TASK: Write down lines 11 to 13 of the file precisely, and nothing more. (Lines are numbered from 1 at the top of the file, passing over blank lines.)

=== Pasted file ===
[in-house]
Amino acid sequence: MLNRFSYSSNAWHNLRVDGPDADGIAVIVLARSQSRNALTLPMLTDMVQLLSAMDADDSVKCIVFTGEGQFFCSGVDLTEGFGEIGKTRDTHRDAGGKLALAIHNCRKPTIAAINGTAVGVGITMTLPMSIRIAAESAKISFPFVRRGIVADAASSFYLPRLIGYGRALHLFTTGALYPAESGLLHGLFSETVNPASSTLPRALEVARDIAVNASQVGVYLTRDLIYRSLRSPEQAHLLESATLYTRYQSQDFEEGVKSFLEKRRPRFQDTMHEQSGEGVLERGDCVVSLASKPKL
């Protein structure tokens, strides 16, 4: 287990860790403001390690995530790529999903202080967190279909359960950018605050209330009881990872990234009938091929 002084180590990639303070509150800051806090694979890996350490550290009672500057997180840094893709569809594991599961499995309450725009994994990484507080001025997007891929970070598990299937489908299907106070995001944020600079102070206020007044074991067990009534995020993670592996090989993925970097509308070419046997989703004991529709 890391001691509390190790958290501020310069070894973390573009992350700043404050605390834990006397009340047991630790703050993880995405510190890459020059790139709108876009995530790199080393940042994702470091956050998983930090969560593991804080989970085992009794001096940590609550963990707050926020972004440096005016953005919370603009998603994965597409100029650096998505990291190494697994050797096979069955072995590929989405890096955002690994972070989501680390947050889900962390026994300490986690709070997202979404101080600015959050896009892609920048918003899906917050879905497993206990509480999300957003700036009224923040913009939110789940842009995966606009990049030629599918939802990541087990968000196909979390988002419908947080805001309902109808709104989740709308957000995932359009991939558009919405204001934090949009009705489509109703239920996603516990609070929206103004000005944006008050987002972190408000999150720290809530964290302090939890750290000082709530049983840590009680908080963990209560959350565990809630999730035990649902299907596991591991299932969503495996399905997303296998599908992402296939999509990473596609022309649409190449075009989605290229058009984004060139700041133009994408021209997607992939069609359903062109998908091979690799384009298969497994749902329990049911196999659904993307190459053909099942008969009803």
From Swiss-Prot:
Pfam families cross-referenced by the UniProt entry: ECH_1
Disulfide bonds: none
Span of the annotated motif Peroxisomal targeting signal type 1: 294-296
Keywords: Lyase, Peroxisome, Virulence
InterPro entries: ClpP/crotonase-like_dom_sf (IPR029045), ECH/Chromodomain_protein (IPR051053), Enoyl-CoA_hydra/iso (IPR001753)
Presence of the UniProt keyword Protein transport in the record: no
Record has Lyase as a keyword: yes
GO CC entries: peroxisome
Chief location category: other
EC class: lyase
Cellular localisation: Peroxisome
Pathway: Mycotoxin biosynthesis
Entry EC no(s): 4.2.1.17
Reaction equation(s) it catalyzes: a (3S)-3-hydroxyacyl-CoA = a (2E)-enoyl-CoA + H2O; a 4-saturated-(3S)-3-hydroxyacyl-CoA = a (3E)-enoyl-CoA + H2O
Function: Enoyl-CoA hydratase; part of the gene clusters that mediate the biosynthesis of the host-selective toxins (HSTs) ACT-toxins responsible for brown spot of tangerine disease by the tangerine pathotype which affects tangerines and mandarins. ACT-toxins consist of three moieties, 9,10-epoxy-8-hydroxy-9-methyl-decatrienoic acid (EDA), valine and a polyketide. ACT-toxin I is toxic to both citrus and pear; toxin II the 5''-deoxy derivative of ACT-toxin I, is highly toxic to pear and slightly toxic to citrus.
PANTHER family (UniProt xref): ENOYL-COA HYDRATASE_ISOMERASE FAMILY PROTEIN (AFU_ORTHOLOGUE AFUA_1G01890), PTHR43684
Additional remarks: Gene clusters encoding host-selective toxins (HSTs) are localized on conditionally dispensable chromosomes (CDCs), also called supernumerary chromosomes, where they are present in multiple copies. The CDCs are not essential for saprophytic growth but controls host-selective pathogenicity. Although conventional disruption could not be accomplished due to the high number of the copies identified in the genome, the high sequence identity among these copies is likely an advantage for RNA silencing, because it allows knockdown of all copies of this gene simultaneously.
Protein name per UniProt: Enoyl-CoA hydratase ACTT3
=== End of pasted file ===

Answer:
Record has Lyase as a keyword: yes
GO CC entries: peroxisome
Chief location category: other